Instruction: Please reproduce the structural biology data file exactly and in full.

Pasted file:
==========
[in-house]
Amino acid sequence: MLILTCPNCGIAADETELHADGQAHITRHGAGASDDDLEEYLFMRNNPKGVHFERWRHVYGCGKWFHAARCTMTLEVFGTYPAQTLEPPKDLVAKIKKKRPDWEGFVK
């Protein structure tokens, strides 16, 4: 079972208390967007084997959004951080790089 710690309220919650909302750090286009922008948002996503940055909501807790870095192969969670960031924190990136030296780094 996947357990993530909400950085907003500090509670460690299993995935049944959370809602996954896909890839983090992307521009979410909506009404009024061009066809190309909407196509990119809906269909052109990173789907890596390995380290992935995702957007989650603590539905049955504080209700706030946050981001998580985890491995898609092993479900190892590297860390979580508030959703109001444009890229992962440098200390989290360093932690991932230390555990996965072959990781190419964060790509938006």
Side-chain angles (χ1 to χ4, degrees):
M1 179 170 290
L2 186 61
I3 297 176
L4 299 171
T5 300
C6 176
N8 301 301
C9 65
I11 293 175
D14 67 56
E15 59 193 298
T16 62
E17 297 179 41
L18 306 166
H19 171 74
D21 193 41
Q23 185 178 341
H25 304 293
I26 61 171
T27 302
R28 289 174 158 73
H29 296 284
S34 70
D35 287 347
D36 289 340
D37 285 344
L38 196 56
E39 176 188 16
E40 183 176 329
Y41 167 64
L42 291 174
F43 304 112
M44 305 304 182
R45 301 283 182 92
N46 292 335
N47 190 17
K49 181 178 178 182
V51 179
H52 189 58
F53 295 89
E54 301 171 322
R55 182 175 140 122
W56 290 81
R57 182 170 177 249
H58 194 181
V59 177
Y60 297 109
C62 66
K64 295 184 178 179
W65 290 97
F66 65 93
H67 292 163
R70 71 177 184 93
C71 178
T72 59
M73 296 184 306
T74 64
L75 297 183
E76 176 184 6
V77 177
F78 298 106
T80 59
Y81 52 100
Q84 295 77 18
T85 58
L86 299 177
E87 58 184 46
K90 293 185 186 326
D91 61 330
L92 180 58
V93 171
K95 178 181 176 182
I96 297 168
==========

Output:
[in-house]
Amino acid sequence: MLILTCPNCGIAADETELHADGQAHITRHGAGASDDDLEEYLFMRNNPKGVHFERWRHVYGCGKWFHAARCTMTLEVFGTYPAQTLEPPKDLVAKIKKKRPDWEGFVK
């Protein structure tokens, strides 16, 4: 079972208390967007084997959004951080790089 710690309220919650909302750090286009922008948002996503940055909501807790870095192969969670960031924190990136030296780094 996947357990993530909400950085907003500090509670460690299993995935049944959370809602996954896909890839983090992307521009979410909506009404009024061009066809190309909407196509990119809906269909052109990173789907890596390995380290992935995702957007989650603590539905049955504080209700706030946050981001998580985890491995898609092993479900190892590297860390979580508030959703109001444009890229992962440098200390989290360093932690991932230390555990996965072959990781190419964060790509938006």
Side-chain angles (χ1 to χ4, degrees):
M1 179 170 290
L2 186 61
I3 297 176
L4 299 171
T5 300
C6 176
N8 301 301
C9 65
I11 293 175
D14 67 56
E15 59 193 298
T16 62
E17 297 179 41
L18 306 166
H19 171 74
D21 193 41
Q23 185 178 341
H25 304 293
I26 61 171
T27 302
R28 289 174 158 73
H29 296 284
S34 70
D35 287 347
D36 289 340
D37 285 344
L38 196 56
E39 176 188 16
E40 183 176 329
Y41 167 64
L42 291 174
F43 304 112
M44 305 304 182
R45 301 283 182 92
N46 292 335
N47 190 17
K49 181 178 178 182
V51 179
H52 189 58
F53 295 89
E54 301 171 322
R55 182 175 140 122
W56 290 81
R57 182 170 177 249
H58 194 181
V59 177
Y60 297 109
C62 66
K64 295 184 178 179
W65 290 97
F66 65 93
H67 292 163
R70 71 177 184 93
C71 178
T72 59
M73 296 184 306
T74 64
L75 297 183
E76 176 184 6
V77 177
F78 298 106
T80 59
Y81 52 100
Q84 295 77 18
T85 58
L86 299 177
E87 58 184 46
K90 293 185 186 326
D91 61 330
L92 180 58
V93 171
K95 178 181 176 182
I96 297 168